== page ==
29 June 2015
Chalke Valley History Festival trip
One of the highlights of Enrichment Week was the annual Sixth Form study trip to the Chalke Valley History Festival. Set in a beautiful valley on the Wiltshire and Dorset borders, this unique event brings together leading historians, academics from top universities, biographers and journalists to talk on a wide variety of different subjects. For the first time this year the group of 21 students and three teachers stayed overnight in the Cathedral Close in Salisbury, and attended talks, seminars and debates at the festival over the course of two days.
One of the most thought-provoking lectures was given by David Olusoga who spoke on the immense contribution made by the four million soldiers and labourers drafted in to the First World War from all corners of the British and French Empires. With a series of superb images, he brought to life the extraordinarily diverse range of cultures and religions present on the Western Front, opening the eyes of his audience to a very different perspective on the battlefields of France and Belgium. Other outstanding speakers included William Doyle on the abolition of the aristocracy during the French Revolution, Tracy Borman on the rise and fall of Thomas Cromwell, Professor Tony Badger on the American Civil Rights movement, Dominic Sandbrook on the ten key events in Britain since 1945, and Janina Ramirez who gave a passionate description of her groundbreaking research into the lives of ten Anglo-Saxon saints.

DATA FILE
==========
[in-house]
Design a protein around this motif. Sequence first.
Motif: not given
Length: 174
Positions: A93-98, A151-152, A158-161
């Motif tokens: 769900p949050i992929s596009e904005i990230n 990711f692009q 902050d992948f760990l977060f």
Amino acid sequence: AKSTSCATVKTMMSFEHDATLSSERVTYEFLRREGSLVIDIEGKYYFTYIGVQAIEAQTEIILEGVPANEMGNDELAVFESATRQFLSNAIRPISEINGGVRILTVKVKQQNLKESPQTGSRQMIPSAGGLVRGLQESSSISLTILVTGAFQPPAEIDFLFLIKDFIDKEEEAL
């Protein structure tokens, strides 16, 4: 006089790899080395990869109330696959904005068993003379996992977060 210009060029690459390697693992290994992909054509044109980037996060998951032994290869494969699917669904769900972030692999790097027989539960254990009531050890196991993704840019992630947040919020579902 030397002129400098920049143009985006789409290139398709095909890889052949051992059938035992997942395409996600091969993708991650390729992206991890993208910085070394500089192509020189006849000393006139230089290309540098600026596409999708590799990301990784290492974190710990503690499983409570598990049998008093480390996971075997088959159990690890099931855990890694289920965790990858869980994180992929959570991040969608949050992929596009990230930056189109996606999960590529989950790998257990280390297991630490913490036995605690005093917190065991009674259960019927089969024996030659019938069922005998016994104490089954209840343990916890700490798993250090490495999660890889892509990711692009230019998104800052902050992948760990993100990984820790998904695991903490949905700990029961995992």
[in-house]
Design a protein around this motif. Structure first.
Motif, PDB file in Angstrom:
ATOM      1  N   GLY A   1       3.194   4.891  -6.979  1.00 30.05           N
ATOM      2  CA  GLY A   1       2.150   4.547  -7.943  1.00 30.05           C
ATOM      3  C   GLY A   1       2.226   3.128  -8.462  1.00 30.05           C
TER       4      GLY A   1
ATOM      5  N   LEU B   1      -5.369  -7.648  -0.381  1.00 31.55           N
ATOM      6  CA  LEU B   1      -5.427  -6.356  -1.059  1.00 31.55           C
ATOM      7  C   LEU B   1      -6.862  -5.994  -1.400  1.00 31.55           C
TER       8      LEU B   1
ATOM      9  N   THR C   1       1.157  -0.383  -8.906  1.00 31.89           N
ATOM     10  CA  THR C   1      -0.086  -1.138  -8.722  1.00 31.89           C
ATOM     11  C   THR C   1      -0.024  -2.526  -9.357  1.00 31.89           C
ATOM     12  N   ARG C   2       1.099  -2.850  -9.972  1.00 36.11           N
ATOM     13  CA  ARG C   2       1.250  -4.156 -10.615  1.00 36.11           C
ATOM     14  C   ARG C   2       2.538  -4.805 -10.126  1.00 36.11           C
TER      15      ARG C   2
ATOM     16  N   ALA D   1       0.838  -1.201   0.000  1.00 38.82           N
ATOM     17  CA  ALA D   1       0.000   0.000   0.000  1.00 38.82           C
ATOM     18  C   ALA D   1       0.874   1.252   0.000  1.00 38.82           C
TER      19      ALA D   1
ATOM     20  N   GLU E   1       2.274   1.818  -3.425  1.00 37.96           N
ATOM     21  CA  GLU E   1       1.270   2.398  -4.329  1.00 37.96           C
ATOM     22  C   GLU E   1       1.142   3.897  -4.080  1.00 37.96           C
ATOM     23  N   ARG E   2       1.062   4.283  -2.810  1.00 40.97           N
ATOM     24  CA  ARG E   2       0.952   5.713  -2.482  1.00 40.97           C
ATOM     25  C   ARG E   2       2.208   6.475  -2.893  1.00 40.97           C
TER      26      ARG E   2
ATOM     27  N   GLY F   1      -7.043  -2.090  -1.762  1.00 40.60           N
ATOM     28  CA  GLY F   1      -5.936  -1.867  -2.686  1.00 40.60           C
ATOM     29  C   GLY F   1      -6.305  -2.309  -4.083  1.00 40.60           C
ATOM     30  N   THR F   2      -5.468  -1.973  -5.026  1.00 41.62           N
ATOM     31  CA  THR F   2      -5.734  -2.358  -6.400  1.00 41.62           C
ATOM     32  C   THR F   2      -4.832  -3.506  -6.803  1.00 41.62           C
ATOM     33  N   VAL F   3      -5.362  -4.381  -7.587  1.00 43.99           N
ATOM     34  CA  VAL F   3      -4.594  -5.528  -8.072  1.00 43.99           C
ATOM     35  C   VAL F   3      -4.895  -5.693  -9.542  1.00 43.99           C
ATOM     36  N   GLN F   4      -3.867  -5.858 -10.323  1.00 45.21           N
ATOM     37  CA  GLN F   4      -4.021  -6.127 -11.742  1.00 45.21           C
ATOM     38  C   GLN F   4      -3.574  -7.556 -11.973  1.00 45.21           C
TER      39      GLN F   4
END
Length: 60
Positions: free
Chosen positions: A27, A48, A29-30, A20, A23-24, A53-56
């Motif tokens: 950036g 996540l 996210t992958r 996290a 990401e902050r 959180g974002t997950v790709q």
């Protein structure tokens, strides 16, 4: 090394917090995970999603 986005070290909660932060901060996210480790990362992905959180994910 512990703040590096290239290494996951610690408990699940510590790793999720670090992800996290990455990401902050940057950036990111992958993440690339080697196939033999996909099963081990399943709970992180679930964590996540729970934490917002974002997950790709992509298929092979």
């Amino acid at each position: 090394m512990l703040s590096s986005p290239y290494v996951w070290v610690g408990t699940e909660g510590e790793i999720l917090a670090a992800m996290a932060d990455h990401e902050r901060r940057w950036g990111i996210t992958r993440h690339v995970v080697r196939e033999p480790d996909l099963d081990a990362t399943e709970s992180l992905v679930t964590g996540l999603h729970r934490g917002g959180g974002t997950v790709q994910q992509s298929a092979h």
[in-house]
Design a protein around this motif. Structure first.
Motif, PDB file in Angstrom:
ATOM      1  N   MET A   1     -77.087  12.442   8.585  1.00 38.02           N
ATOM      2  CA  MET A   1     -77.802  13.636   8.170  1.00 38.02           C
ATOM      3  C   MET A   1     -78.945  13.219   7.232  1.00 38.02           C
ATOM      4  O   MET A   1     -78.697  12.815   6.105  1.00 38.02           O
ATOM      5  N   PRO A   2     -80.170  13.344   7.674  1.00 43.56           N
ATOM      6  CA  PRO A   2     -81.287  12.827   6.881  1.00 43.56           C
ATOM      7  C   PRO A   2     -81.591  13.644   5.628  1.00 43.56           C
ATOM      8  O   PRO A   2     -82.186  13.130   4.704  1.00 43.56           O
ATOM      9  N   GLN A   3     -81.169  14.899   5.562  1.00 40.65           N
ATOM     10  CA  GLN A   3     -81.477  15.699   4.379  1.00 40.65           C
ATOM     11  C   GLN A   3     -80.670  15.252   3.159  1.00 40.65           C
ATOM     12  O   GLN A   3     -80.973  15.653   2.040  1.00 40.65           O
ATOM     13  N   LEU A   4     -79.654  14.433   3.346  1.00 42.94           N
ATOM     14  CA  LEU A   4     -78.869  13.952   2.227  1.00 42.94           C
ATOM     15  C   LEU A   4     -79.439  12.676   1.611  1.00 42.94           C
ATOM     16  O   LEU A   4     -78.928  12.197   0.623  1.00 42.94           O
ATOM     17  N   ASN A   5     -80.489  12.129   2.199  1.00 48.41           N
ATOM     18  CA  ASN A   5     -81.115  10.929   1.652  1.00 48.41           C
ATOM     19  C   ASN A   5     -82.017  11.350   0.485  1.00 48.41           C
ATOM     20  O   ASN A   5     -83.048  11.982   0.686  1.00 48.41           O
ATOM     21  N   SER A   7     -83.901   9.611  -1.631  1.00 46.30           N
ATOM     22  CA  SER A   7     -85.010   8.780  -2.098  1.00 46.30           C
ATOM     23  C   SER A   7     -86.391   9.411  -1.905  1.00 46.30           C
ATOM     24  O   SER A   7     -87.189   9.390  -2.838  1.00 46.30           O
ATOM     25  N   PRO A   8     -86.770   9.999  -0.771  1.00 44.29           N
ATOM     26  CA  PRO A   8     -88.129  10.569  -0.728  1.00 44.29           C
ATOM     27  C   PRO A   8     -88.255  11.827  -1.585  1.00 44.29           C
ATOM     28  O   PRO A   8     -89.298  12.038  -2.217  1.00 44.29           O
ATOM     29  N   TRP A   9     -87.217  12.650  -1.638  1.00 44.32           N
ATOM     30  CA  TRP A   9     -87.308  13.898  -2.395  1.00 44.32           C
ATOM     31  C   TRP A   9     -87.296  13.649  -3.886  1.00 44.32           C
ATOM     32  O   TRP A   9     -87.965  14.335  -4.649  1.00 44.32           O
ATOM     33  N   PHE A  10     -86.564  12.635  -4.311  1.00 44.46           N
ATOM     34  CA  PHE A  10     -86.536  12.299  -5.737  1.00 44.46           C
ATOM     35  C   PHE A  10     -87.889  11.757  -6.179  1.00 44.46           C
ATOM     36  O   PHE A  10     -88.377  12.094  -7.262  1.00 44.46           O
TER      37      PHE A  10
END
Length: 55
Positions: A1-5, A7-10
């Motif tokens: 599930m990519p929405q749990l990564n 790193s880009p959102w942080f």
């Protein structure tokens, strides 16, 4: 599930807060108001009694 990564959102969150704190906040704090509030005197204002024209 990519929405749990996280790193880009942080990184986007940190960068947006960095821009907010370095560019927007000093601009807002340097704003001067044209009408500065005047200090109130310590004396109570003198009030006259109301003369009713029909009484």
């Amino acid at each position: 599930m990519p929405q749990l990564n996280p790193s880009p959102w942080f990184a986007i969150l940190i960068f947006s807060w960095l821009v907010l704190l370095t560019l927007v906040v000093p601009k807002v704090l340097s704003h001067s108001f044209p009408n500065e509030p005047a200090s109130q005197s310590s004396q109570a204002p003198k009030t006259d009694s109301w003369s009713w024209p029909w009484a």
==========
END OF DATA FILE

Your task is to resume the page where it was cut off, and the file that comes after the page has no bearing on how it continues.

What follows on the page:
Outside the three large marquees where the talks took place, many ‘living history’ specialists were on site, including Roman soldiers, medieval knights, and Napoleonic riflemen. Tanks, weapons and cars were on display from the last 200 years, and several of the lectures were punctuated by the enormous booming of an 18-pound artillery gun from a far corner of the field. As they wandered around the site, soaking up the glorious sunshine, students were also able to fire medieval longbow, taste medicine dispensed in Tudor England, and examine popular Georgian fashions.
In addition to the enormous stimulation provided by the festival, the students also participated in a private workshop in Salisbury Cathedral on the legacy of Magna Carta and viewed the cathedral’s copy of the document, one of only four original 1215 editions which survive today. In the evening the group dropped in to the medieval church of St Thomas’s to view the stunning Doom Painting, described by one historian as ‘not only a most remarkable work of art of the late 15th century, but also a historical document of first rate importance’.
For the many Sevenoaks students currently preparing for university degree courses in History, this trip provided unparalleled academic enrichment and exposure to some of the very best current research on a broad range of different subjects. We all left inspired and enthused, and with long reading lists of books to devour over the summer holiday.